With interest rates rising starkly from 2022, banks were able to increase their lending rates on the loans that they issued. This consequently increased their NIM or revenue.

Additionally, Singapore banks also saw an increase in bank deposits, even as more savers switched to higher yielding instruments like Singapore Government Securities (SGS) bonds and Singapore Savings Bonds (SSBs).

For instance, the three major banks all reported an increase in customer deposits in FY2023. DBS saw a 3% increase to $535 billion, OCBC experienced a 4% growth to $364 billion, and UOB’s customer deposits expanded by 5% to $385 billion.

Another indication of the higher deposits can be gleaned from the recent announcement by the Singapore Deposit Insurance Corporation (SDIC) on 1 April 2024, which increased the Deposit Insurance (DI) limit from $75,000 to $100,000 per depositor per bank to ensure that 91% of depositors are fully covered. It previously raised the DI limit in April 2019 to maintain coverage levels.

As such, banks have little incentive to raise their costs, namely the base savings rate, unless a specific need for deposits arises. With substantial deposits at their disposal and subdued loan demand, there is limited pressure on banks to increase the savings rate.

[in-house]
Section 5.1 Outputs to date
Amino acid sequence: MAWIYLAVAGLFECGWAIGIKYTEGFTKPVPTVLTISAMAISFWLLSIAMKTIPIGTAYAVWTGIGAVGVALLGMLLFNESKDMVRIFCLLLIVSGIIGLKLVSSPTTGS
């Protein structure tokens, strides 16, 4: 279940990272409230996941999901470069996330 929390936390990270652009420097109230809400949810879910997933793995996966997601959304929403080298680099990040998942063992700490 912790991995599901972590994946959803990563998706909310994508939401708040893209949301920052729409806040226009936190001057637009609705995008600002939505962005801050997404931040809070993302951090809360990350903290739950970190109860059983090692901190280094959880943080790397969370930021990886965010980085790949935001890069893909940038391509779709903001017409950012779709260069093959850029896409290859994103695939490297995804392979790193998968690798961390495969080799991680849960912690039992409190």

Read Also: Why Are Banks’ Fixed Deposit (FD) Rates Not Increasing Despite Interest Rates Soaring

A Low-Savings Rate Benefit HDB Homebuyers In Singapore

However, a low saving rate may not necessarily be a bad thing for Singaporeans, particularly, if you’re an HDB flat buyer who qualifies for the HDB home loan.

Compared to housing loans offered by financial institutions, which may vary based on market conditions, the concessionary interest rate on the HDB housing loan uses a more stable reference point. It is pegged at 0.1%-point above the prevailing CPF Ordinary Account (OA) interest rate, which is reviewed quarterly.

In turn, the interest rate for CPF OA, which is currently set at 2.5% p.a., is computed based on the three-month average of major local banks’ interest rates, subjected to the legislated minimum rate. The formula comprises 80% of the interest rates for 12-month fixed deposit accounts, and 20% of the interest rates for savings accounts, which stands at 0.66%.

Source: CPF

Having a lower deposit savings rate enables the HDB concessionary loan rate to remain stable at 2.6% p.a., benefiting future and existing homebuyers who want to finance their HDB flat purchase.

What Are The Other Alternatives Savers Can Consider

That said, it’s not all lost cause for savers.